Friday, April 10, 2015

Key Changes in Global Religion by 2050

Fig 1 from Harvey et al sketching how they estimated
the position and trajectory of the Dark Matter.
I wanted to blog two fascinating Science articles:
  •  Harvey et al. "The nongravitational interactions of dark matter in colliding galaxy clusters" which observed 72 galaxy cluster collisions to compare the resulting centres of mass for the gas and stars (from direct observations) and for the dark matter (by inference). Based on these offsets, dark matter is clearly present and some models of dark matter can be excluded.
  • Borsanyi et al. "Ab initio calculation of the neutron-proton mass difference" which calculates this (0.14%) from the fine-structure constant, thus reveals one aspect of how finely tuned our universe needs to be: if the mass difference were bigger or smaller, the world as we know it would probably not exist.
However the Templeton Foundation sent me an email about the research they have commissioned on projected Key Changes in Global Religion by 2050 and it makes somewhat depressing reading. According to the Pew Forum, if present trends continue, the number of Muslims in the world would overtake the number of Christians by about 2060. But that's not the part that causes me most concern, it is the projection that over 100M Christians will fall away from their faith, compared to only 40M coming to faith anew.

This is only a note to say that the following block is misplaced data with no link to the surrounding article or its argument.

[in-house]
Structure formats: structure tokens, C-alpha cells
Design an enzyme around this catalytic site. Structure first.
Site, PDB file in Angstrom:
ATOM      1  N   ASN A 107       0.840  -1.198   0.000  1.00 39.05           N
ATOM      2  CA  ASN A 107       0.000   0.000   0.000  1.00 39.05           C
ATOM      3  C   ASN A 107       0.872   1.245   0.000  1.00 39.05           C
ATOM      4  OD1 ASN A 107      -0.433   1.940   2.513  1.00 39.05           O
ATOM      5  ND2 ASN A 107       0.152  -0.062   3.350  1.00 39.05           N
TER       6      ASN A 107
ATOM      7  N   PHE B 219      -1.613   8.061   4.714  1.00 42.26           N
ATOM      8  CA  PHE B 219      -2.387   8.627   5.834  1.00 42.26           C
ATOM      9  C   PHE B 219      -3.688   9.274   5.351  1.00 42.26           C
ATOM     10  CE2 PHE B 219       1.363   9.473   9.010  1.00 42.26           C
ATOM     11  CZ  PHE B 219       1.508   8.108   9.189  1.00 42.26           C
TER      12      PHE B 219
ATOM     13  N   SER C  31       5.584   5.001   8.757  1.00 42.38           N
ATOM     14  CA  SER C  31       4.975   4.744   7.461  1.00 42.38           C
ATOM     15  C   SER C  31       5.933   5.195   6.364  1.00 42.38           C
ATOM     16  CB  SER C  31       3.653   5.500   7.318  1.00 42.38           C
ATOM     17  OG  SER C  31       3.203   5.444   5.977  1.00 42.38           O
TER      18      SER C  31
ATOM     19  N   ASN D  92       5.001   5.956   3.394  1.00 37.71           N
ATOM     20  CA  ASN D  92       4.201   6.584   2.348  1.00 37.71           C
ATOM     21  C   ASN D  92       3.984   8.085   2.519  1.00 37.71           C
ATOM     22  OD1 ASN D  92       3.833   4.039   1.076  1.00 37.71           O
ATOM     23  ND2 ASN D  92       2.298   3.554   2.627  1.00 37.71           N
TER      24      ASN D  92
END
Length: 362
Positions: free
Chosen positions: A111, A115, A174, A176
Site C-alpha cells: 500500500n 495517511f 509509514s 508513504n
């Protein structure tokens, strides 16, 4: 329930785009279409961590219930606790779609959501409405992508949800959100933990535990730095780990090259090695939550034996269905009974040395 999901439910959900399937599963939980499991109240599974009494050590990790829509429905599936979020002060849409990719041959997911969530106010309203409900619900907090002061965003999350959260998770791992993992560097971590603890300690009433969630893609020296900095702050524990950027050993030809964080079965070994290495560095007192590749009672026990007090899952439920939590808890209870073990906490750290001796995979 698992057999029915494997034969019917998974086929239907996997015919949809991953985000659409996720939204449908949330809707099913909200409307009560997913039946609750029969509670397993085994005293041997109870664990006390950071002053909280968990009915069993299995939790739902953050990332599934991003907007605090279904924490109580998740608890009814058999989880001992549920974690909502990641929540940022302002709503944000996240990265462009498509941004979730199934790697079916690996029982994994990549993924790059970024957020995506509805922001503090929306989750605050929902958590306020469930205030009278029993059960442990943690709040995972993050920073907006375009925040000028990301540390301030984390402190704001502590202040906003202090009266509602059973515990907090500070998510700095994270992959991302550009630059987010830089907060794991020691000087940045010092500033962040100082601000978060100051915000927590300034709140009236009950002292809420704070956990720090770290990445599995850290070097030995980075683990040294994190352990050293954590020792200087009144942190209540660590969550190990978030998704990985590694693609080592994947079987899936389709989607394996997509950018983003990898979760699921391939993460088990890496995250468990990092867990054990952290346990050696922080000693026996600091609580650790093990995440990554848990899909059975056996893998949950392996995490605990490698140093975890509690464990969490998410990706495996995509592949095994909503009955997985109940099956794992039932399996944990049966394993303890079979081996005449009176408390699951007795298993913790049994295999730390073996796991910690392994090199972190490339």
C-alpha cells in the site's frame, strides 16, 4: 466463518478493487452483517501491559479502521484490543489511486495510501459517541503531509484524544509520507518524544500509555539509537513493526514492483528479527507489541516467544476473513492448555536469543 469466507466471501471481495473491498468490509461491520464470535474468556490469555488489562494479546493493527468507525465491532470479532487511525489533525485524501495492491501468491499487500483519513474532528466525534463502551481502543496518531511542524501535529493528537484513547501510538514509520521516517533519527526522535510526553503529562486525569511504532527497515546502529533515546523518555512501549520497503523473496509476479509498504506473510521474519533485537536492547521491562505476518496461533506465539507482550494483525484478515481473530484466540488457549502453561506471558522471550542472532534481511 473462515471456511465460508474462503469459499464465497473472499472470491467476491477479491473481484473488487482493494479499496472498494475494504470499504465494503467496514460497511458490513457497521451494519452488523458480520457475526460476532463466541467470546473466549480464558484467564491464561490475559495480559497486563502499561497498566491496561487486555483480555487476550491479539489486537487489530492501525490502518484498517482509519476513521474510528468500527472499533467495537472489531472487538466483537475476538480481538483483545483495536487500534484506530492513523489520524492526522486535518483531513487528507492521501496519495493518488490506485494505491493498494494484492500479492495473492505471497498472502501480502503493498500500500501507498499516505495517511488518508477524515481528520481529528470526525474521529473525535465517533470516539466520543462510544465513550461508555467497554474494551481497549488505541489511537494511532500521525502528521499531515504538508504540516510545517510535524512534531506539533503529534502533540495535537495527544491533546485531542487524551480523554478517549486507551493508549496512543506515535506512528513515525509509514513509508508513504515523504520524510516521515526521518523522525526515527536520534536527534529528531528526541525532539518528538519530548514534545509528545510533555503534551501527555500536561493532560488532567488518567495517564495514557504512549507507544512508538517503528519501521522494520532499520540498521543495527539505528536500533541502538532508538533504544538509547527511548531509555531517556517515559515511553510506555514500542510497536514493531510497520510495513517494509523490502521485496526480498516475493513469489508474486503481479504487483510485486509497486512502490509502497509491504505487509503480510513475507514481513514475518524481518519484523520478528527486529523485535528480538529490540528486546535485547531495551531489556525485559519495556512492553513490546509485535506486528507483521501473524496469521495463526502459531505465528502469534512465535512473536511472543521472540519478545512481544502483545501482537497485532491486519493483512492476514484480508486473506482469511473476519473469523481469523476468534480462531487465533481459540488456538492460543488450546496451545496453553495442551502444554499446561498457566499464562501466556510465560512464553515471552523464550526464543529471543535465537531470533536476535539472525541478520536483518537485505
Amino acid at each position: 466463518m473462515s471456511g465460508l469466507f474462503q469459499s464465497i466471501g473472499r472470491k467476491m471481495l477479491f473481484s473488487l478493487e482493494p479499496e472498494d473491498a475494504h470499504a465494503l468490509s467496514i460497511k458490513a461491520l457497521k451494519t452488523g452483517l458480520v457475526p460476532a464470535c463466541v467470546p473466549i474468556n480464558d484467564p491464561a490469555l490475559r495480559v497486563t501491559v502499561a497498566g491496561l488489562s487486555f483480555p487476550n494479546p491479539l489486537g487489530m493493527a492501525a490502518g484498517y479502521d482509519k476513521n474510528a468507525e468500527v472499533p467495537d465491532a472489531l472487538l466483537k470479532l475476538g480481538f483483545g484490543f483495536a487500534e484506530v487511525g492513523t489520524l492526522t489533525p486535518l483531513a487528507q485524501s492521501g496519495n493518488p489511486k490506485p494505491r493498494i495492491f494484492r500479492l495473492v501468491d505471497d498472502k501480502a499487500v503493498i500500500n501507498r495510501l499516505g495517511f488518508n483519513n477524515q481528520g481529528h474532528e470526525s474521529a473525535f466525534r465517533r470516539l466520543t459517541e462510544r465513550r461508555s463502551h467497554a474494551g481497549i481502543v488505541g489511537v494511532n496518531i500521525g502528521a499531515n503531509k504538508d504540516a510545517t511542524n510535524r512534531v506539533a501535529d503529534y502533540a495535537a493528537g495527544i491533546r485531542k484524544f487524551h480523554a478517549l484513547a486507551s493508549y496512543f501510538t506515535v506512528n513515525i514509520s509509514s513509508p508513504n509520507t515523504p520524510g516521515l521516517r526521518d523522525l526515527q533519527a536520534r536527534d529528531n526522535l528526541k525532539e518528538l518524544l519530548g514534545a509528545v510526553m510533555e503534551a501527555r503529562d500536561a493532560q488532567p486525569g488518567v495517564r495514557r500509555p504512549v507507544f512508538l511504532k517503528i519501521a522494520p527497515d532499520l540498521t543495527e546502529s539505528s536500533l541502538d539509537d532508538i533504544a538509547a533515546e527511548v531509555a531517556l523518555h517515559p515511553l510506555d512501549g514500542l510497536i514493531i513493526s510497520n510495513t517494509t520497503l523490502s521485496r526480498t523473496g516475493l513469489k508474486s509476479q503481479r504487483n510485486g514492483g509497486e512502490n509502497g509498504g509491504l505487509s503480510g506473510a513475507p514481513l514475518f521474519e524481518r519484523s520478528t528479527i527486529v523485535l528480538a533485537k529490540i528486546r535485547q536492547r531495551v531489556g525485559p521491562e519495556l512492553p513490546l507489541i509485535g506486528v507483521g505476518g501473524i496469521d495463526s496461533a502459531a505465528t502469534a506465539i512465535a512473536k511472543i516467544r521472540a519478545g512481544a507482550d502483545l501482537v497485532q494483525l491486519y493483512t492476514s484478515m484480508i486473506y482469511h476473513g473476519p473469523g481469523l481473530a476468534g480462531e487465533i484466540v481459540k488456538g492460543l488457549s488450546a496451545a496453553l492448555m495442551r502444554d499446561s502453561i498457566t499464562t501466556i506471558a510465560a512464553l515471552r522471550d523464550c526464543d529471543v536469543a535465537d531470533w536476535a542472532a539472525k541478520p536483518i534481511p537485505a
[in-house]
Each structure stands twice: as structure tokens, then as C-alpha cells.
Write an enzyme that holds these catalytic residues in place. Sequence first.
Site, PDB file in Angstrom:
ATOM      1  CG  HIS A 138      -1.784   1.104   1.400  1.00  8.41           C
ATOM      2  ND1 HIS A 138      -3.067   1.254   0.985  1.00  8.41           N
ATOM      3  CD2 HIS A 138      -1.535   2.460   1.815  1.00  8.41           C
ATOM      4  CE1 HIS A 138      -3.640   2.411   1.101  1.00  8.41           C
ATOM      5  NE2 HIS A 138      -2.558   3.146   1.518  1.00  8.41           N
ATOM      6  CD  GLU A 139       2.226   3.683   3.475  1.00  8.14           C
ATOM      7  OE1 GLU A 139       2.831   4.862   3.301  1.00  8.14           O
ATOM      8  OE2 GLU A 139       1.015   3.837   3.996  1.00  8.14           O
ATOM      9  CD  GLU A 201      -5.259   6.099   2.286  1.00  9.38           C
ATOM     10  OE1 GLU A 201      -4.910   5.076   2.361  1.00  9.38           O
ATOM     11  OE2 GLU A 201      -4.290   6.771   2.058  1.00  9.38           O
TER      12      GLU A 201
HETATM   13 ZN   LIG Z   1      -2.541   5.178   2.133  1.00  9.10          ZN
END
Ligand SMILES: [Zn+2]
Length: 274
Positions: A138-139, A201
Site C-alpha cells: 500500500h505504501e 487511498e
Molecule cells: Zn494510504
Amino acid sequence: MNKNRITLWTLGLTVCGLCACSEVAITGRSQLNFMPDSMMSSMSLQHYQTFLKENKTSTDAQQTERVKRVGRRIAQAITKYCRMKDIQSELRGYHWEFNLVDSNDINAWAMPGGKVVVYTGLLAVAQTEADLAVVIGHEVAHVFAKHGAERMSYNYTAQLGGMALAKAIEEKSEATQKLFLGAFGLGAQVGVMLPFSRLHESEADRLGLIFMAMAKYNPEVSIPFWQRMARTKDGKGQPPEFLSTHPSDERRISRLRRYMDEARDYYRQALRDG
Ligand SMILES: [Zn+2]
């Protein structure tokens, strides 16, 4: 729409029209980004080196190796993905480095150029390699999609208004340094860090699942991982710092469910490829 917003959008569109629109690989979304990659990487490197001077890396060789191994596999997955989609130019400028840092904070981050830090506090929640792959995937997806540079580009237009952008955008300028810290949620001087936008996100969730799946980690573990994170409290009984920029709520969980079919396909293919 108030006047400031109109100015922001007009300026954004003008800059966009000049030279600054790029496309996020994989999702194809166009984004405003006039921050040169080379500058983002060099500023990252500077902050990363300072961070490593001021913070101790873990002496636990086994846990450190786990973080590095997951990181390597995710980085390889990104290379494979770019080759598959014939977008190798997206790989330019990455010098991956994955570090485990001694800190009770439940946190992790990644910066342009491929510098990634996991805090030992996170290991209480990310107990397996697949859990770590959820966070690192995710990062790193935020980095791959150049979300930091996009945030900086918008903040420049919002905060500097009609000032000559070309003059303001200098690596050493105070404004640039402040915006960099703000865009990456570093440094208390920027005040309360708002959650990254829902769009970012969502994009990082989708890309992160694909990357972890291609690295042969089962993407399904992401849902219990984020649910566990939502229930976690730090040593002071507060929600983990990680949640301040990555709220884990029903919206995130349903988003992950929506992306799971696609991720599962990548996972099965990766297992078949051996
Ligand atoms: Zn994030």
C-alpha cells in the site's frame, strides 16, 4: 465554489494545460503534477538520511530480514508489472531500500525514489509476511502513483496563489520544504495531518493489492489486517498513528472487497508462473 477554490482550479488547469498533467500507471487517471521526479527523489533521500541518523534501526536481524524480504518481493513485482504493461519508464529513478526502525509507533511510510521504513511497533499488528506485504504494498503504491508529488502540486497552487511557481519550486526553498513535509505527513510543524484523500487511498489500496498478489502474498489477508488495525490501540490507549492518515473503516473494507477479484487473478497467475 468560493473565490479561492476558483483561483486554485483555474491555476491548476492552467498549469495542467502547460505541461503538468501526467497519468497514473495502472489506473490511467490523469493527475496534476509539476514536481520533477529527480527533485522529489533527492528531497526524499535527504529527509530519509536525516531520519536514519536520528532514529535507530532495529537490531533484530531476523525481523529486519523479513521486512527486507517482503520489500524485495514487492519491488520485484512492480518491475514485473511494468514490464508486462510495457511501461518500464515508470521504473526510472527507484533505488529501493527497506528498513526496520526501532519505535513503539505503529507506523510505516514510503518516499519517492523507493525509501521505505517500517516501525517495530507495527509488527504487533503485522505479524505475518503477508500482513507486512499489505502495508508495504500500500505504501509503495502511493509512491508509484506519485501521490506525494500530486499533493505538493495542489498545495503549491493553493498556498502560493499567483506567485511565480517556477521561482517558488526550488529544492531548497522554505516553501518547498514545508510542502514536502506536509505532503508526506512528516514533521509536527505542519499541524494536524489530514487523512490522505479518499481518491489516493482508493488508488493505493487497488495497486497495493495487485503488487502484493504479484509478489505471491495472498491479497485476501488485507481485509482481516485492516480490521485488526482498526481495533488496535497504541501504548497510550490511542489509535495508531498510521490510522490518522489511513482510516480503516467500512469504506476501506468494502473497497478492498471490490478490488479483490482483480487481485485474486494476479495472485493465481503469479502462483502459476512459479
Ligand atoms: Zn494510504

There are of course many important caveats. They don't have information about religious switching in China and there are reports of strong growth in Christianity in that great country. China has the majority of religiously un-affiliated people in the world so this would make a big difference. They assume that current patterns of falling away from faith will continue in the US and UK and other such places, and they do not allow for the possibility that people who fall away in their late teens and 20s may return later (as they are married with children for example). They also assume that almost no-one switches out from Islam based on extrapolating current trends where you can be murdered for doing so in many Muslim countries.  This is, in another sense, indeed a dark matter.

But all of this really emphasises that, alongside a focus on evangelising the non-believer there needs to be a steady work on building up and confirming the faith of the believer. Our prayers and work need to be focused on both of these vital priorities in the UK.  And we need to continue to pray for the growth of Christianity in China which will immeasurably strengthen that great country and the world as a whole.

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